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[an error occurred while processing this directive] Looking for research ideas?

Here are a few low-cost suggestions:

  1. Explore the structure of the electromagnetic modes in your microwave using a layer of cheese slices. Where are the nodes and anti-nodes? Can you make a more sensitive testing arrangement using, say, a uniform grid of syrup drops?

  2. Suppose you have an unfair die…say, a cube that is "half-empty". What is the likelihood that it will land heavy side up? Renowned cosmologist, Sir Hermann Bondi, explored the case of a cylindrical die in 1993 in an attempt to answer the question "How likely is it that a nickel will land on its edge?", in a 1993 article in The European Journal of Physics, but the experimental aspects of his predictions are largely untested, as are most details about other shapes.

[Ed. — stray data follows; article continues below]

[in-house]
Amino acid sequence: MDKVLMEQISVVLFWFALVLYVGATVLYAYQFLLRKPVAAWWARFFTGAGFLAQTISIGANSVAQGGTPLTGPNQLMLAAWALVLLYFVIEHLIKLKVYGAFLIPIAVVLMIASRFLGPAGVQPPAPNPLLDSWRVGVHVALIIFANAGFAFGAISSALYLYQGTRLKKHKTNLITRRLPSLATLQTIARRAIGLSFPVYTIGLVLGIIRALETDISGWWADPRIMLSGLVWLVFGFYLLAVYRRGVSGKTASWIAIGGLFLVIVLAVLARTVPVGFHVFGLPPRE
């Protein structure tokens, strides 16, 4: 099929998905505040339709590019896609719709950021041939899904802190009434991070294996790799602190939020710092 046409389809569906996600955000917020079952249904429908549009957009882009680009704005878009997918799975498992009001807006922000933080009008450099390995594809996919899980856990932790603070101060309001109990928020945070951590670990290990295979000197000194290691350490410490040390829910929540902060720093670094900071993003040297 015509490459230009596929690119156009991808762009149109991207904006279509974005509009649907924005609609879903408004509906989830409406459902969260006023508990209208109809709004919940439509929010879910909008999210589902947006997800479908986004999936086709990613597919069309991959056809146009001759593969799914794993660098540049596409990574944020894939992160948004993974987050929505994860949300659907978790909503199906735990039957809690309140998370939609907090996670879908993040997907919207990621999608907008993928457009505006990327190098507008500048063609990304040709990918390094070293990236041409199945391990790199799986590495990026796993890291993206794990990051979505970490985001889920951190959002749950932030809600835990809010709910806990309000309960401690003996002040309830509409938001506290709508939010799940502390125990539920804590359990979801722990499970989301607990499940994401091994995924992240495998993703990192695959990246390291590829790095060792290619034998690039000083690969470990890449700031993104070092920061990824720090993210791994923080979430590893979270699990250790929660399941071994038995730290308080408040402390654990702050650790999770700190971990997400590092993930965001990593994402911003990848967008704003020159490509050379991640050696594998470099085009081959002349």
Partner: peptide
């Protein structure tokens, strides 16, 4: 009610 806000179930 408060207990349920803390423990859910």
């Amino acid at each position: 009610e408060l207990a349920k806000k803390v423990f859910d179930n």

3. What is the meaning of the SPF rating on sunscreens? Does a rating of 30 block twice as much light as a 15?…at what frequency? Does it matter how thick it is applied? Does the angle of incidence matter?

  4. Estimate how high and far you can spray water using your thumb in a water hose, before doing the experiment. In your model, what is the mathematical form of the envelope of points the water can reach?

  5. If you know the gas prices along your route, where should you stop to fuel up so as to minimize your costs? It is not always wise to stop to get the cheapest gas. (See "The Rental Car Problem", November 1996, The College Mathematics Journal; there are many alternate unsolved versions of this problem.)
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